Differences in Tips
Illegal tip pools can cause great headaches, or worse, for restaurant owners. Recently, a spate of tip-pooling lawsuits, from Les Halles in New York all the way to the giants Hard Rock Café and Starbucks has gotten many restaurant owners worried if they might be next.
Well, not to worry. It isn’t as tricky as all the litigation might lead one to believe. There are a few federal parameters to keep in mind. Beyond that, be sure to check with your state’s labor board, as some states have a few more stringent rules that go beyond the federal tip pool regulations.
First a few definitions, to highlight the differences between tip pooling and tip sharing:
Tip pooling: A collection of tips divided among employees who regularly receive them. Tip pools are common in any environment in which it is not always clear for whom a tip is meant. This includes bars, coffee shops, buffet meals, delis and other counter service operations.
Tip sharing: Tip sharing is when tipped employees give a percentage of their tips to other employees, such as bartenders or table bussers.
Some Rules with Tipping
This article addresses legal issues revolving around tip pooling, not tip sharing. Tip sharing is legal under the Fair Labor Standards Act, as long as employees are not required to share tips with employees who do not engage in customer service, such as kitchen or janitorial staff.
Now. Tip pooling. Keep these three rules in mind and you won’t end up like Mario Batali:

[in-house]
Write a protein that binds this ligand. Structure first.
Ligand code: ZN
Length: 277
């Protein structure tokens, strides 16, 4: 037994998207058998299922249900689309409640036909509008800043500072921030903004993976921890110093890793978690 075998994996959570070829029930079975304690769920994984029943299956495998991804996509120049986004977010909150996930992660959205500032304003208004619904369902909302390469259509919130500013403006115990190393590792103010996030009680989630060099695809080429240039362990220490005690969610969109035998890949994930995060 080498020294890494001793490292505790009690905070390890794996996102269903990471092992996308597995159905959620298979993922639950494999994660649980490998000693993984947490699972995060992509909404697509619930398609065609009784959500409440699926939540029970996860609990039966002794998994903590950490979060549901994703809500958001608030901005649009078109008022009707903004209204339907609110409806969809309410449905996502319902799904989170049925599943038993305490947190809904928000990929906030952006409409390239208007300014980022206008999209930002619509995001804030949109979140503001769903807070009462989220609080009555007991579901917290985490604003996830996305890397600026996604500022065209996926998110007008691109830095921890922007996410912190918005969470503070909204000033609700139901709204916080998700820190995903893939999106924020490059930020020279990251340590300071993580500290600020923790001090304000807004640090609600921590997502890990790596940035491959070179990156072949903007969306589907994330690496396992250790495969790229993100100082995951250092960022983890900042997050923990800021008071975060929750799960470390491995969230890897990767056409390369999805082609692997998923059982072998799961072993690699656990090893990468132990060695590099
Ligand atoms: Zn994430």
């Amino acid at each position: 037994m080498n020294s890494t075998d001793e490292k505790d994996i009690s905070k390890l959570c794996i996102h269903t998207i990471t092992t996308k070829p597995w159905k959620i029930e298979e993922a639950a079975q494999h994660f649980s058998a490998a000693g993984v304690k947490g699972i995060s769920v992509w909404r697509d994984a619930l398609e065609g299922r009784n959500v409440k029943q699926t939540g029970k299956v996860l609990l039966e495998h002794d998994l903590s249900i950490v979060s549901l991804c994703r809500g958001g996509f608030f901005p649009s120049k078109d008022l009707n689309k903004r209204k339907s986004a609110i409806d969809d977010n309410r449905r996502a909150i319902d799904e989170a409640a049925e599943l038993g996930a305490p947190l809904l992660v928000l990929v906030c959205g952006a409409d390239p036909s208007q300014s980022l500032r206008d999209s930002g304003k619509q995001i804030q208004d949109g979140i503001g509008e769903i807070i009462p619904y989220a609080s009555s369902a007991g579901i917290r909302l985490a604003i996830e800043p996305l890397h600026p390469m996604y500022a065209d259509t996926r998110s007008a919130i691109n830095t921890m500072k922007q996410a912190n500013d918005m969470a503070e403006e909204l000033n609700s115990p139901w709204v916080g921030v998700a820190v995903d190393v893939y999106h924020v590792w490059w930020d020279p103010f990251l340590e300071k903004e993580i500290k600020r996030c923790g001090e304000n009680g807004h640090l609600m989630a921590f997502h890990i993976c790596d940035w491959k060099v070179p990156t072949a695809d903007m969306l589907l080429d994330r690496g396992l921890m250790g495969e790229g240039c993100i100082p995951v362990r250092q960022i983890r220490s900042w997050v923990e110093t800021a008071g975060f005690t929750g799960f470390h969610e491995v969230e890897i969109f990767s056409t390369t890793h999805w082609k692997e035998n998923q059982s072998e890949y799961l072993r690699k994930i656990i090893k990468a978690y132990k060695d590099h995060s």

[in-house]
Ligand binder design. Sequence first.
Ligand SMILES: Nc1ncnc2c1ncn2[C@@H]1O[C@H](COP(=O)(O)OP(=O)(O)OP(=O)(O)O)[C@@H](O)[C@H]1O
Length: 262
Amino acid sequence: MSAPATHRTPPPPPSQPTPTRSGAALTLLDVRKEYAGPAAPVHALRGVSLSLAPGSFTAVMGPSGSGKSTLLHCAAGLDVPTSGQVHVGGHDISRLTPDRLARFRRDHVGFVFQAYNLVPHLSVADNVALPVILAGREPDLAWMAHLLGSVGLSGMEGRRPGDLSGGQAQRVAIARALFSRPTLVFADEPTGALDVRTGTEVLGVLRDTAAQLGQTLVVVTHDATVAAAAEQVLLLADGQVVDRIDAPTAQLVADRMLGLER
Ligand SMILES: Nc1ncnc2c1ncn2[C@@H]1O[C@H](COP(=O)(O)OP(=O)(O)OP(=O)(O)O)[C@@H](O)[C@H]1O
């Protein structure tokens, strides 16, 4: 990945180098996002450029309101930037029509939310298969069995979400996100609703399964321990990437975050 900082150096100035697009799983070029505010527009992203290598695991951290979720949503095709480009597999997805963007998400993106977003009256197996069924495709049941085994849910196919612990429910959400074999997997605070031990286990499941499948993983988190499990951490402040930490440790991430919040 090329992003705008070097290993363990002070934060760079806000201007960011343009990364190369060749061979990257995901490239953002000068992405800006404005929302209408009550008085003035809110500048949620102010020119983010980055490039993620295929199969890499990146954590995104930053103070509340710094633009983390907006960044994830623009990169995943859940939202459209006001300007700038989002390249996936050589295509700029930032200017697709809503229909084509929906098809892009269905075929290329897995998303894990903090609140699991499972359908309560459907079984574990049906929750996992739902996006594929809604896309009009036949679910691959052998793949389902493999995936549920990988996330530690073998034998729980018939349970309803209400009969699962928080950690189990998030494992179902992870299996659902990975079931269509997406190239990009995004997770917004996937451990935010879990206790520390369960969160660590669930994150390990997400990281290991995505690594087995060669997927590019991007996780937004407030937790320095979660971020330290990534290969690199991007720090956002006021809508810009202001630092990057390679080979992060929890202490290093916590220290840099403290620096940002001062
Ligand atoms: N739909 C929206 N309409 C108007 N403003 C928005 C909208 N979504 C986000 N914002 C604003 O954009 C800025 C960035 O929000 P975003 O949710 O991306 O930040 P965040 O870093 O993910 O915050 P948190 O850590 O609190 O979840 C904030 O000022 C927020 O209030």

Only employees who “regularly and customarily” receive tips are allowed to share in the tip pool. This means that requiring tipped staff to share tips with kitchen or janitorial staff is illegal under federal law.
Employers are not allowed to share in tip pools. Sometimes, the line between an employer and employee is a bit blurry. Low-level supervisors are allowed to participate in tip pools. So, how do you know who’s who for sure? The FLSA defines an employer as “any person acting directly or indirectly in the interest of an employer in the relation to an employee” (Source). Generally speaking, an individual is considered an employer if he or she can hire and fire employees, control the schedule, determine pay rates and maintain employment records. (Source).
Employees must not be required to contribute more than what is “customary and reasonable.” Ah yes, now that’s nice and clear, isn’t it? In the past, the Department of Labor has set the “customary and reasonable” rate at 15 percent of an employee’s earned tips (Source).
See? That’s not so hard! Mario Batali was probably just too busy picking out his shoes to make sure he was following the rules. To keep your restaurant out of hot water, follow the federal regulations and double check with your state labor board.
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